Creating a Safe Home Environment for Seizures

The risk that a person with epilepsy will be injured during a seizure at home can be greatly reduced by taking some simple safety precautions:

  • Carpet the floors with heavy pile and thick underpadding.
  • If tables and other furniture have sharp corners, pad them. When shopping for new furniture, look for rounded corners.

  • Close fireplace screens when the fire is burning. Don't leave a person with uncontrolled seizures alone in a room with a burning fire.

  • Avoid using space heaters that can tip over.

  • If the person with epilepsy wants to iron clothing or use a curling iron, be sure that the device has an automatic shut-off switch to prevent burns.

  • Use chairs with arms to help prevent falling.

In the bathroom

  • Hang doors so they open outwards instead of inwards. Then if the person falls against the door, it can still be opened.

  • Use carpeting on the floor, with extra padding.

  • Routinely check that the drain works properly before the person takes a bath or shower.
  • If the person falls frequently, consider using a shower or tub seat with a safety strap.

  • Keep water levels in the tub low.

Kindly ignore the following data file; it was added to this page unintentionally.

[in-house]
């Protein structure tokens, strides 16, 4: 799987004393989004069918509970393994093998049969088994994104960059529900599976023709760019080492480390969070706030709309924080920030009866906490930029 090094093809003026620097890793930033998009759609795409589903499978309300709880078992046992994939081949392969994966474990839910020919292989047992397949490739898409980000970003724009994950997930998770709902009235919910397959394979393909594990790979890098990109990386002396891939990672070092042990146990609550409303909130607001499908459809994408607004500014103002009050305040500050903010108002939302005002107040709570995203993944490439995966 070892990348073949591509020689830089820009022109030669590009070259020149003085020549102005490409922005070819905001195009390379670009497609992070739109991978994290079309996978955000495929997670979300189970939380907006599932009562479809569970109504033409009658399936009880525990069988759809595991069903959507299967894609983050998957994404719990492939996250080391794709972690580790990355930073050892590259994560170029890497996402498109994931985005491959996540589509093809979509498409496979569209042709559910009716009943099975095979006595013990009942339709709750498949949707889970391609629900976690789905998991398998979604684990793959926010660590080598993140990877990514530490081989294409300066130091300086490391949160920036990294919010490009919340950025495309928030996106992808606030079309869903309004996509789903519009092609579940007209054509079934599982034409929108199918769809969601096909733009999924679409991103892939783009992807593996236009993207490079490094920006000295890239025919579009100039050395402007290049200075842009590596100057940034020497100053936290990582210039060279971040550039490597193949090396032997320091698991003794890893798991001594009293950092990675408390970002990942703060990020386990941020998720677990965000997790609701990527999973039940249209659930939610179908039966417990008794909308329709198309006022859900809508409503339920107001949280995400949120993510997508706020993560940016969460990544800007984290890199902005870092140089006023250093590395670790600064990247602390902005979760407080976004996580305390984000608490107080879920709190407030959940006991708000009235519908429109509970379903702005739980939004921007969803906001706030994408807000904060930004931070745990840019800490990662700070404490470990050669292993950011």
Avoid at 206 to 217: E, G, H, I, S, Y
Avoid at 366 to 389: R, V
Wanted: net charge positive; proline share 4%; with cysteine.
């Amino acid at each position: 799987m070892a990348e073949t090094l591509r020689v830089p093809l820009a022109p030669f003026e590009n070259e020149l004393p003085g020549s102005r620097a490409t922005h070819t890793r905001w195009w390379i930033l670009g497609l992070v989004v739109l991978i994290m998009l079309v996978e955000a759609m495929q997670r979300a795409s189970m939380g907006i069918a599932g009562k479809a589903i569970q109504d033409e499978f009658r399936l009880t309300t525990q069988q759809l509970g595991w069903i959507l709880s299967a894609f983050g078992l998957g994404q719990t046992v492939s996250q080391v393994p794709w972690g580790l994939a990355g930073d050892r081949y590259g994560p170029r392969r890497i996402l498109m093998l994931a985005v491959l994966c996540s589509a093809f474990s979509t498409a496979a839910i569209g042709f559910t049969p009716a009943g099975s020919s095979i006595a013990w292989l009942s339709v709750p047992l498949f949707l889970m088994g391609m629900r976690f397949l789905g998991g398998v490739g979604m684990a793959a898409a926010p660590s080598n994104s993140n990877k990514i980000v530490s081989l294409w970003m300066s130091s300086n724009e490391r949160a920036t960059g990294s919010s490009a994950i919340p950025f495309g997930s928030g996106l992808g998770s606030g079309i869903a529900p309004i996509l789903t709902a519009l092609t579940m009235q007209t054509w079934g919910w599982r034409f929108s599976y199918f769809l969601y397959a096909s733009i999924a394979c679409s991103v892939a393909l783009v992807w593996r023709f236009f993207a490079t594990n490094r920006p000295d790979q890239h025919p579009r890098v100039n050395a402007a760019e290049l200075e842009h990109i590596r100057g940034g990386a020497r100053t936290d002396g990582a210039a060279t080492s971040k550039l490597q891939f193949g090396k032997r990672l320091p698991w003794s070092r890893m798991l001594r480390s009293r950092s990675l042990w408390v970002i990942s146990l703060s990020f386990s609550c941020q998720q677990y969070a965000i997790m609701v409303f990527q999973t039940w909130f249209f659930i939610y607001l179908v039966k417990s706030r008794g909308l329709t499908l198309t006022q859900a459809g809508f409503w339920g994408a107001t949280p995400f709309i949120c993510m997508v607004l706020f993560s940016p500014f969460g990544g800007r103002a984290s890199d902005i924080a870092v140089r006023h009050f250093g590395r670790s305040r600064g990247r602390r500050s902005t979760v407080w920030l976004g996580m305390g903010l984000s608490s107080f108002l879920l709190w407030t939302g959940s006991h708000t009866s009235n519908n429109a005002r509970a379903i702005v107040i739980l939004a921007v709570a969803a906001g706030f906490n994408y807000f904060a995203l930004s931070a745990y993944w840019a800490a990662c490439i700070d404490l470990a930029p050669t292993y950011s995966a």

• Set the temperature of the water heater low (120 degrees F [48.9C]) so that it won't scald a person who loses consciousness.

  • The person with epilepsy should not use any electrical appliances in the bathroom or near water.

In the kitchen

  • Cook with a microwave oven.

  • When using the stove, try to use the back burners.

  • Use plastic containers, plates, and drinking cups whenever possible.

  • Use cups with lids (commuter cups) to prevent burns from spills.

  • If the person with epilepsy needs to move containers of hot food or liquids, it is safer to slide them along the counter or use a cart to move them to another room.

  • It is safer for the person to wear rubber gloves when handling knives or washing dishes and glassware in the sink.

Our Mission

The mission of the Epilepsy Foundation is to lead the fight to overcome the challenges of living with epilepsy and to accelerate therapies to stop seizures, find cures, and save lives.

 
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